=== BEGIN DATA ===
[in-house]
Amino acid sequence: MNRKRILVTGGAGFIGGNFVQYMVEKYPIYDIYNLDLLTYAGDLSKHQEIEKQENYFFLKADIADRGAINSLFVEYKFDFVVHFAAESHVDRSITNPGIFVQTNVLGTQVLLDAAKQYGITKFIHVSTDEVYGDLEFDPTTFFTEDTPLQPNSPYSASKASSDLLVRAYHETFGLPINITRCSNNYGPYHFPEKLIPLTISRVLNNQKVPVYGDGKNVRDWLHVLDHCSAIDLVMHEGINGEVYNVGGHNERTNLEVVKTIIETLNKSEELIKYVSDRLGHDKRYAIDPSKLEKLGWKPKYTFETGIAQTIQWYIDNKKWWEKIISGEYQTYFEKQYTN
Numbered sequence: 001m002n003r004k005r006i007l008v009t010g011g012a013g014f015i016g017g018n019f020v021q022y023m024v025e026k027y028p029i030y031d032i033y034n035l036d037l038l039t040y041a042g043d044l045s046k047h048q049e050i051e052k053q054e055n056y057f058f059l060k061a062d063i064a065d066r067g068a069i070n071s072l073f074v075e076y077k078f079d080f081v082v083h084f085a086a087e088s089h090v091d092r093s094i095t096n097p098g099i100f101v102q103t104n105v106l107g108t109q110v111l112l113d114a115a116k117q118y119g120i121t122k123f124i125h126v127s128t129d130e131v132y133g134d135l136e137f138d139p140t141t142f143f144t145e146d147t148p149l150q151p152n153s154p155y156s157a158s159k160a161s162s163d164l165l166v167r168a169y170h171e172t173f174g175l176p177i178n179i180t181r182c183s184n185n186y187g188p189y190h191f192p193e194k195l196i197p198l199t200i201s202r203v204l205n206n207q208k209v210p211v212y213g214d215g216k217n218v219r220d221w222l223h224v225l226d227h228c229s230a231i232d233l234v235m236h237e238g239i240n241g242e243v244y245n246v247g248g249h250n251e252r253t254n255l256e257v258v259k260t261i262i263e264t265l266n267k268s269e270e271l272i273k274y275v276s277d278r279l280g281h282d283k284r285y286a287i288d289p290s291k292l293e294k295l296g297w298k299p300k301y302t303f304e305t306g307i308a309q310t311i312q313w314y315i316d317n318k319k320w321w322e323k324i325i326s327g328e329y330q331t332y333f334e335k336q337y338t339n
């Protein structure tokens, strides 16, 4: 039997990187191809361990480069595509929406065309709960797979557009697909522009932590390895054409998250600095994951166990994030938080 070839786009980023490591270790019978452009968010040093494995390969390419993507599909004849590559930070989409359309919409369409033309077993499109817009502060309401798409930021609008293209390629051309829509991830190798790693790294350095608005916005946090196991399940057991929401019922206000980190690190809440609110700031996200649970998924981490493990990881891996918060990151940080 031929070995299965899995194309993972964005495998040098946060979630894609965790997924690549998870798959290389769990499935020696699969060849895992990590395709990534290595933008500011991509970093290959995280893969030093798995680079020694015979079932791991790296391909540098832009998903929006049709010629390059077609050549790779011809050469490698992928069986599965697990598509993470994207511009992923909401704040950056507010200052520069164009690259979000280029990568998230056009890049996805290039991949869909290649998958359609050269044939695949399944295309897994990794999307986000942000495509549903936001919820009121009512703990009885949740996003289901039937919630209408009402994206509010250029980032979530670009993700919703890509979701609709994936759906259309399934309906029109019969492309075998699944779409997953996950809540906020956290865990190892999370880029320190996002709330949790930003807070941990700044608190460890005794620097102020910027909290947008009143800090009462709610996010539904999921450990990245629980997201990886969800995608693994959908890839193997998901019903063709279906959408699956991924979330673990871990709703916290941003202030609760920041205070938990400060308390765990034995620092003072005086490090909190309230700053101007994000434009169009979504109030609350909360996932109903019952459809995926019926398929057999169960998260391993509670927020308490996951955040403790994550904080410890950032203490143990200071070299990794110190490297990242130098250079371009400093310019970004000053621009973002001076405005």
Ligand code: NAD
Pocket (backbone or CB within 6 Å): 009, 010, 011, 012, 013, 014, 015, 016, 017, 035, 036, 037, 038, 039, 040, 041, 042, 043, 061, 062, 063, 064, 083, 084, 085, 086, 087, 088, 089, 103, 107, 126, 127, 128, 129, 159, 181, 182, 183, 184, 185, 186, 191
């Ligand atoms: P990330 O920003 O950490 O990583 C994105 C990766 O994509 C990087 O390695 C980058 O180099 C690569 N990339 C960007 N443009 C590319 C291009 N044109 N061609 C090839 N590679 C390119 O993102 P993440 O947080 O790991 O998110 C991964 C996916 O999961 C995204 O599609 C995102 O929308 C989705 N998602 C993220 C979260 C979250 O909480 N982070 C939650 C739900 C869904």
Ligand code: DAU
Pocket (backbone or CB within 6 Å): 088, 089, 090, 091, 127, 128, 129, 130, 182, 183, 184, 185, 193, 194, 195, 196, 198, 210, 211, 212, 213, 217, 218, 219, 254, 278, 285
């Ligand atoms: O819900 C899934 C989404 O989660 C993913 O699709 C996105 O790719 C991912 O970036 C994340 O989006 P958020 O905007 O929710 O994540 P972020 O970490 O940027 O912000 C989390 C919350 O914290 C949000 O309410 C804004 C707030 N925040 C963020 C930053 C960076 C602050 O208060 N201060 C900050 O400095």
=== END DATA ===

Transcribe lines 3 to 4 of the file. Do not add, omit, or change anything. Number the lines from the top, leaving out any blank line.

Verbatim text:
Numbered sequence: 001m002n003r004k005r006i007l008v009t010g011g012a013g014f015i016g017g018n019f020v021q022y023m024v025e026k027y028p029i030y031d032i033y034n035l036d037l038l039t040y041a042g043d044l045s046k047h048q049e050i051e052k053q054e055n056y057f058f059l060k061a062d063i064a065d066r067g068a069i070n071s072l073f074v075e076y077k078f079d080f081v082v083h084f085a086a087e088s089h090v091d092r093s094i095t096n097p098g099i100f101v102q103t104n105v106l107g108t109q110v111l112l113d114a115a116k117q118y119g120i121t122k123f124i125h126v127s128t129d130e131v132y133g134d135l136e137f138d139p140t141t142f143f144t145e146d147t148p149l150q151p152n153s154p155y156s157a158s159k160a161s162s163d164l165l166v167r168a169y170h171e172t173f174g175l176p177i178n179i180t181r182c183s184n185n186y187g188p189y190h191f192p193e194k195l196i197p198l199t200i201s202r203v204l205n206n207q208k209v210p211v212y213g214d215g216k217n218v219r220d221w222l223h224v225l226d227h228c229s230a231i232d233l234v235m236h237e238g239i240n241g242e243v244y245n246v247g248g249h250n251e252r253t254n255l256e257v258v259k260t261i262i263e264t265l266n267k268s269e270e271l272i273k274y275v276s277d278r279l280g281h282d283k284r285y286a287i288d289p290s291k292l293e294k295l296g297w298k299p300k301y302t303f304e305t306g307i308a309q310t311i312q313w314y315i316d317n318k319k320w321w322e323k324i325i326s327g328e329y330q331t332y333f334e335k336q337y338t339n
């Protein structure tokens, strides 16, 4: 039997990187191809361990480069595509929406065309709960797979557009697909522009932590390895054409998250600095994951166990994030938080 070839786009980023490591270790019978452009968010040093494995390969390419993507599909004849590559930070989409359309919409369409033309077993499109817009502060309401798409930021609008293209390629051309829509991830190798790693790294350095608005916005946090196991399940057991929401019922206000980190690190809440609110700031996200649970998924981490493990990881891996918060990151940080 031929070995299965899995194309993972964005495998040098946060979630894609965790997924690549998870798959290389769990499935020696699969060849895992990590395709990534290595933008500011991509970093290959995280893969030093798995680079020694015979079932791991790296391909540098832009998903929006049709010629390059077609050549790779011809050469490698992928069986599965697990598509993470994207511009992923909401704040950056507010200052520069164009690259979000280029990568998230056009890049996805290039991949869909290649998958359609050269044939695949399944295309897994990794999307986000942000495509549903936001919820009121009512703990009885949740996003289901039937919630209408009402994206509010250029980032979530670009993700919703890509979701609709994936759906259309399934309906029109019969492309075998699944779409997953996950809540906020956290865990190892999370880029320190996002709330949790930003807070941990700044608190460890005794620097102020910027909290947008009143800090009462709610996010539904999921450990990245629980997201990886969800995608693994959908890839193997998901019903063709279906959408699956991924979330673990871990709703916290941003202030609760920041205070938990400060308390765990034995620092003072005086490090909190309230700053101007994000434009169009979504109030609350909360996932109903019952459809995926019926398929057999169960998260391993509670927020308490996951955040403790994550904080410890950032203490143990200071070299990794110190490297990242130098250079371009400093310019970004000053621009973002001076405005």